For the final user the experience should be the same as before – should he ask for some data that is not on the SQL Server, then it will be read from Azure SQLDatabase by the invocation of remote query, joined with the local results (if any) and then presented to the user.
These two posts are must-reads if you work with columnstore indexes.
Around 3.5 Months ago in September of 2015, I have announced the first public release of the CISL – Columnstore Indexes Scripts Library, which allows to have a deeper insight into the database that uses or can use Columnstore Indexes.
Since that, I have released 4 more “point releases” with bug fixes and new features, I have greatly expanded the support of SQL Server with inclusion of SQL Server 2012, SQL Server 2016 and Azure SQLDatabase.
If you use columnstore indexes, you absolutely want to get this. Also, there’s a brand new update out.
[I]t is not recommended to have trace flag 834 on when using columnstore indexes in your databases.
Since the 834 trace flag is a global level flag, and columnstores are in individual databases I wrote the script below to go through and check if you ave any columnstore indexes, and then check if the trace flag is enabled.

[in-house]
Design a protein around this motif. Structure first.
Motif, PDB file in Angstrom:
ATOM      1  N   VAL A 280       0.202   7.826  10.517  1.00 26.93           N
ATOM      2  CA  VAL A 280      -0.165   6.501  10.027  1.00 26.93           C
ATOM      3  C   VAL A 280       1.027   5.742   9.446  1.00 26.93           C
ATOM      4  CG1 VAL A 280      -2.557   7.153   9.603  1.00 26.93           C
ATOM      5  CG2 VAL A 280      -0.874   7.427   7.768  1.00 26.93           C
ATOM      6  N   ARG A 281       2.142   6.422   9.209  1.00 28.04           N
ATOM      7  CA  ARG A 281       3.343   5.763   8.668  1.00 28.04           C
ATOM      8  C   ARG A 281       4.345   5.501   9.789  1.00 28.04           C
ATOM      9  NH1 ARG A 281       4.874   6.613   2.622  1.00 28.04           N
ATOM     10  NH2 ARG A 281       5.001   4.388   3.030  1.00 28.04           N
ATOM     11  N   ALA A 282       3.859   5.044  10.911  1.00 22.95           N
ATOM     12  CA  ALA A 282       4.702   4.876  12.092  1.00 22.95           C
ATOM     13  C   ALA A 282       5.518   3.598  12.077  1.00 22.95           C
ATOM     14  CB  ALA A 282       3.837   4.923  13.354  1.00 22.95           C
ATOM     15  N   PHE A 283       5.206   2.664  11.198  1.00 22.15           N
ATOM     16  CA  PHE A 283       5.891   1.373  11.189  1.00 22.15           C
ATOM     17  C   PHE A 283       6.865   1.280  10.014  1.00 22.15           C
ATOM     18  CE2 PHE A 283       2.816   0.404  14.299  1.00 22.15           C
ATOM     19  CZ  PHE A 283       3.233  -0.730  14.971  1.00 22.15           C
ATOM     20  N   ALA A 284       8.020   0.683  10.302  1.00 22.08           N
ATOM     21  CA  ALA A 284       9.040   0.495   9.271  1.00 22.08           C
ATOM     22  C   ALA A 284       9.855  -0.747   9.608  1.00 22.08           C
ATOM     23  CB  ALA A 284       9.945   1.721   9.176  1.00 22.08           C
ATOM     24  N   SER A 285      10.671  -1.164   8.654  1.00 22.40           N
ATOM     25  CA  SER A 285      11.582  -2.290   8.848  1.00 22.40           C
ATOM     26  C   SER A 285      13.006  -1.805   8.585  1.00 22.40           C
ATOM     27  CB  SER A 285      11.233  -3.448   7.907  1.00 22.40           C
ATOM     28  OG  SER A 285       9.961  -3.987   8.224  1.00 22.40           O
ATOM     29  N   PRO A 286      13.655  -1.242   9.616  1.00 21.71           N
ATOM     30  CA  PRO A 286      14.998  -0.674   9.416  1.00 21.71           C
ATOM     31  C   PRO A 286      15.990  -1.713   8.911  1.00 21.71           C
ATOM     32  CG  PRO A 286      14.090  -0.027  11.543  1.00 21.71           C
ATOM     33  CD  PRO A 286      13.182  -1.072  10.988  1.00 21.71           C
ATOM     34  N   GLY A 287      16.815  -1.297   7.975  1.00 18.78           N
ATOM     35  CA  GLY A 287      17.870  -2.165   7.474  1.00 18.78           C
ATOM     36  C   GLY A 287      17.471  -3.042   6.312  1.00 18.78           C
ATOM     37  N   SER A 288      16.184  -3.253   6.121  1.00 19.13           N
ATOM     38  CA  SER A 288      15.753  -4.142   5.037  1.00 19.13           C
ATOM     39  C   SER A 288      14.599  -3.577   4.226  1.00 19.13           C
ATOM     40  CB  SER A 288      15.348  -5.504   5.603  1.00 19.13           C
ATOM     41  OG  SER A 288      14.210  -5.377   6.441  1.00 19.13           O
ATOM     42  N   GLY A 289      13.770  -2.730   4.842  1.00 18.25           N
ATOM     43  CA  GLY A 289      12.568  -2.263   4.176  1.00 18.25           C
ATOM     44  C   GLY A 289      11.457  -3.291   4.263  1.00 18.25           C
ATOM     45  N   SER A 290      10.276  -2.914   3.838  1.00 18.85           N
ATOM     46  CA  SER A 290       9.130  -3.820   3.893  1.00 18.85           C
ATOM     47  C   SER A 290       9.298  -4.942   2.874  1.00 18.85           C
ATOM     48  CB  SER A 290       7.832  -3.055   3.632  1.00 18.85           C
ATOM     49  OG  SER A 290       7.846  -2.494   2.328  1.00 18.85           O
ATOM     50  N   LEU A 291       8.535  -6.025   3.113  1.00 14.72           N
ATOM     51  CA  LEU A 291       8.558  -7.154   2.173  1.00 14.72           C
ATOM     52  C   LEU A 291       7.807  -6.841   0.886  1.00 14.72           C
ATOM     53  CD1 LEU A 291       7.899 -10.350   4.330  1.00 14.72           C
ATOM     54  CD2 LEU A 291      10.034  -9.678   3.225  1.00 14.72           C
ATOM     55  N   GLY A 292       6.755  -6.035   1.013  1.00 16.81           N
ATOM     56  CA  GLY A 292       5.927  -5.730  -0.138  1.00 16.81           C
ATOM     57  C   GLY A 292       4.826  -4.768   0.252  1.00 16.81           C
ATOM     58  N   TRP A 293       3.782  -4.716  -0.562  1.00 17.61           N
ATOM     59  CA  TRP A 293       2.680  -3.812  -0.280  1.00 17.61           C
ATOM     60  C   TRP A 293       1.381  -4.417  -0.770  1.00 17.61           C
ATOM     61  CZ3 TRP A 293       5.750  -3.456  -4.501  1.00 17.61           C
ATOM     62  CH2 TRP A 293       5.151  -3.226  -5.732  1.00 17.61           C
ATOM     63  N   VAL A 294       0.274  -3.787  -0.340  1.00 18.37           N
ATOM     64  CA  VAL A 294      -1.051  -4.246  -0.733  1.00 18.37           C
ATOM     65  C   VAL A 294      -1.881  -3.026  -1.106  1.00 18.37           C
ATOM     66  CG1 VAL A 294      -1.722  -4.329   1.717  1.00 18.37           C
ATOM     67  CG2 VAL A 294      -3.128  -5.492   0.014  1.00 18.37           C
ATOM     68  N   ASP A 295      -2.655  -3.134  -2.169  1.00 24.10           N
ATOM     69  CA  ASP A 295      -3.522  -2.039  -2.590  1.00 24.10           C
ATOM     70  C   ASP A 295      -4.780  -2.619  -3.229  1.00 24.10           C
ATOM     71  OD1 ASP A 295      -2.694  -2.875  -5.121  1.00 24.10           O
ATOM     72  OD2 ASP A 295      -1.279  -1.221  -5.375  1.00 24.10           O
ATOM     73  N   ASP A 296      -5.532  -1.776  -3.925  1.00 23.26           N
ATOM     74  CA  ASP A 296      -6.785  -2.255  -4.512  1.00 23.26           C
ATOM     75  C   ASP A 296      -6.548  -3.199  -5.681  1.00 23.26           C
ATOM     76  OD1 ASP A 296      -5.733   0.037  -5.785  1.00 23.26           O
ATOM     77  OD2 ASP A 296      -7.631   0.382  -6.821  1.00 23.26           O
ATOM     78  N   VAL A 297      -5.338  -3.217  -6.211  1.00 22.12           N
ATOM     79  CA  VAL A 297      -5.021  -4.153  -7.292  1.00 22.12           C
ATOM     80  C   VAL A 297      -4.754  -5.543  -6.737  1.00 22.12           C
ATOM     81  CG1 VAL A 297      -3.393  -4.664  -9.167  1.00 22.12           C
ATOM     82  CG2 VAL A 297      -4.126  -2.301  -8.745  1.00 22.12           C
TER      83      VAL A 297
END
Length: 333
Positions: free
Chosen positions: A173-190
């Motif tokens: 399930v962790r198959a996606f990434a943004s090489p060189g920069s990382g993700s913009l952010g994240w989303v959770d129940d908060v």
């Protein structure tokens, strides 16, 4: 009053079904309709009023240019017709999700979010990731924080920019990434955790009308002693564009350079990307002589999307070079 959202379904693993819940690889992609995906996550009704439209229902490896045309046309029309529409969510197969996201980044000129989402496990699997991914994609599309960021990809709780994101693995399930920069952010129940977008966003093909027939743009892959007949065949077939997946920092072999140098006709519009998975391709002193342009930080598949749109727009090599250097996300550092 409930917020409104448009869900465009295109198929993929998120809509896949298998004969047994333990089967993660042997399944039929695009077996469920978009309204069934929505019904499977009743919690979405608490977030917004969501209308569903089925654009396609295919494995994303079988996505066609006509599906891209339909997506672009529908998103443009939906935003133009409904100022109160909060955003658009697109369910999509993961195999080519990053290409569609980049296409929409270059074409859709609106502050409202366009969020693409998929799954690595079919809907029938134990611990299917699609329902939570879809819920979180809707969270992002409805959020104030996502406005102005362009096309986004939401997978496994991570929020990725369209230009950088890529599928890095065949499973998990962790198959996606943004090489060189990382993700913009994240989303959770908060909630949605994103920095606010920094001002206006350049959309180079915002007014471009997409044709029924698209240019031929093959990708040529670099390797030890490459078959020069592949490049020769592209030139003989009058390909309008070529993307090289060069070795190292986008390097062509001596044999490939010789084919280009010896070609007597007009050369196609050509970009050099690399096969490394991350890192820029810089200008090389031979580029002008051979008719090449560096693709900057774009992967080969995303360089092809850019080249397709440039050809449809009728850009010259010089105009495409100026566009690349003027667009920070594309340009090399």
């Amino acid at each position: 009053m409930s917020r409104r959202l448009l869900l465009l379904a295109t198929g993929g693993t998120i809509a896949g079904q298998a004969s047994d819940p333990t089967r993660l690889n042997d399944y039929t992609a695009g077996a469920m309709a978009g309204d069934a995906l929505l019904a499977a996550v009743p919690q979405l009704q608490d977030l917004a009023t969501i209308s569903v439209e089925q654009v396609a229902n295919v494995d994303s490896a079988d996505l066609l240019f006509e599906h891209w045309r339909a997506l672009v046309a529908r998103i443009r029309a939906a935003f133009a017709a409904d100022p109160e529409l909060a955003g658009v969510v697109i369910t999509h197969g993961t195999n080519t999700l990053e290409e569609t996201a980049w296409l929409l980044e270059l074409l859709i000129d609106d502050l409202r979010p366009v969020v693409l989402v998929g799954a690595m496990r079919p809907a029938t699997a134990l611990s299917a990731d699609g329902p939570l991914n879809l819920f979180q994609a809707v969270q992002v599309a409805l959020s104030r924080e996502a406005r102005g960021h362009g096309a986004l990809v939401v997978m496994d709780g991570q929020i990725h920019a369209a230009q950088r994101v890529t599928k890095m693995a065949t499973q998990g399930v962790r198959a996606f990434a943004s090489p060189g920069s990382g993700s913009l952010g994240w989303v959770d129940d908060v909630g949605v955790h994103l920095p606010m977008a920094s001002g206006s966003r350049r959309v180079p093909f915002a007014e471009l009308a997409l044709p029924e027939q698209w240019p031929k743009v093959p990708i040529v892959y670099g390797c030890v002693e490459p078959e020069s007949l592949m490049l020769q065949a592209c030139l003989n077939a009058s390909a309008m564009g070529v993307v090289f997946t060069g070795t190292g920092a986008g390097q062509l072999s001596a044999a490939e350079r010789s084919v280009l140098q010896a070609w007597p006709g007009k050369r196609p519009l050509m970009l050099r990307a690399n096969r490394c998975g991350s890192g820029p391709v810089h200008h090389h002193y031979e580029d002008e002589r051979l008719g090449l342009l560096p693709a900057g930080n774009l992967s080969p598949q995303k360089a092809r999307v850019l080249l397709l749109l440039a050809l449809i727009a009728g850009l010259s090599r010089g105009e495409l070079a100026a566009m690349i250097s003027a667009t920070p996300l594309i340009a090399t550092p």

Chris also has a helpful script to see if your instance has this issue.
SQL Server 2016 has significant advancements over SQL Server 2014 for In-Memory analytics. Some highlights are functionality (e.g. ability to create traditional nonclustered index to enforce PK/FK), performance (e.g. addition of new BatchMode operators, Aggregate pushdown), Online index defragmentation, and supportability (e.g. new DMVs, Perfmon counters and XEvents).
His post talks a little bit about in-memory, but focuses more on clustered columnstore indexes. I like that columnstore indexes are getting V3 improvements, and I think they’ll be even more useful. Whether the “in-memory” part becomes useful is a different question; I personally have seen a very limited adoption of In-Memory OLTP (and a few huge bugs for the people brave enough to try it).
This result was observed right after the finish of the loading script, where we can clearly see 4 Delta-Stores for 10 Million Rows. 3 of the Delta-Stores are Closed and 1 Delta-Store is Open, which is an absolutely impossible combination if we think about Clustered Columnstore Indexes, where one would expect to have 10 Compressed Row Groups or 10 Delta-Stores (9 Closed & 1 Open).
If you take a more detailed look at the associated sizes of the closed Delta-Stores, you will see that they increase each time a new Delta-Store is being used. For example, the first one is capped at 1.048.567 Rows, the second one is capped at 2.097.152 and the last closed Delta-Store is set to 4.193.904 Rows – meaning that the size is being constantly doubled.
I’d like to see this as the first step toward expanded sizes for compressed rowgroups.